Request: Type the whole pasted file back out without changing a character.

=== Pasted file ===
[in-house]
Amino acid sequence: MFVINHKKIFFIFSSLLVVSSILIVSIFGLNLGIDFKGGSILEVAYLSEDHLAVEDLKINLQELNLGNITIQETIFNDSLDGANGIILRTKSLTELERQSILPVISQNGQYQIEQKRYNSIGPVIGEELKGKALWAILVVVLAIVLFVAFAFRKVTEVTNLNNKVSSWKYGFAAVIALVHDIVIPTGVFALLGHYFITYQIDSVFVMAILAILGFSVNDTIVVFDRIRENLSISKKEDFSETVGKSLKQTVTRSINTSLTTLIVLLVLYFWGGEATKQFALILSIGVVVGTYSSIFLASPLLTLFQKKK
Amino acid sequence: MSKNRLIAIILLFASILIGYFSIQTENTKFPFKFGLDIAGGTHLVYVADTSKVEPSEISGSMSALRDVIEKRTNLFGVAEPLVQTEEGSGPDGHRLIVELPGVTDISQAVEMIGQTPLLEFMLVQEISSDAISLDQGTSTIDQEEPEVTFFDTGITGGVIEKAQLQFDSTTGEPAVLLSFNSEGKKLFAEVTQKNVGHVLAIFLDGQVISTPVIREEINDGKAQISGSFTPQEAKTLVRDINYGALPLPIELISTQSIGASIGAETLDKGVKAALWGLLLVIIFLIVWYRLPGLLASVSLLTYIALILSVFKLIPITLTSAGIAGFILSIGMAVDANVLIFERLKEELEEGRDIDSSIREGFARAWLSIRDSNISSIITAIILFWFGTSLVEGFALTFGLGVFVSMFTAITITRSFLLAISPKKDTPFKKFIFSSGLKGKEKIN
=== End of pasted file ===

[in-house]
Amino acid sequence: MFVINHKKIFFIFSSLLVVSSILIVSIFGLNLGIDFKGGSILEVAYLSEDHLAVEDLKINLQELNLGNITIQETIFNDSLDGANGIILRTKSLTELERQSILPVISQNGQYQIEQKRYNSIGPVIGEELKGKALWAILVVVLAIVLFVAFAFRKVTEVTNLNNKVSSWKYGFAAVIALVHDIVIPTGVFALLGHYFITYQIDSVFVMAILAILGFSVNDTIVVFDRIRENLSISKKEDFSETVGKSLKQTVTRSINTSLTTLIVLLVLYFWGGEATKQFALILSIGVVVGTYSSIFLASPLLTLFQKKK
Amino acid sequence: MSKNRLIAIILLFASILIGYFSIQTENTKFPFKFGLDIAGGTHLVYVADTSKVEPSEISGSMSALRDVIEKRTNLFGVAEPLVQTEEGSGPDGHRLIVELPGVTDISQAVEMIGQTPLLEFMLVQEISSDAISLDQGTSTIDQEEPEVTFFDTGITGGVIEKAQLQFDSTTGEPAVLLSFNSEGKKLFAEVTQKNVGHVLAIFLDGQVISTPVIREEINDGKAQISGSFTPQEAKTLVRDINYGALPLPIELISTQSIGASIGAETLDKGVKAALWGLLLVIIFLIVWYRLPGLLASVSLLTYIALILSVFKLIPITLTSAGIAGFILSIGMAVDANVLIFERLKEELEEGRDIDSSIREGFARAWLSIRDSNISSIITAIILFWFGTSLVEGFALTFGLGVFVSMFTAITITRSFLLAISPKKDTPFKKFIFSSGLKGKEKIN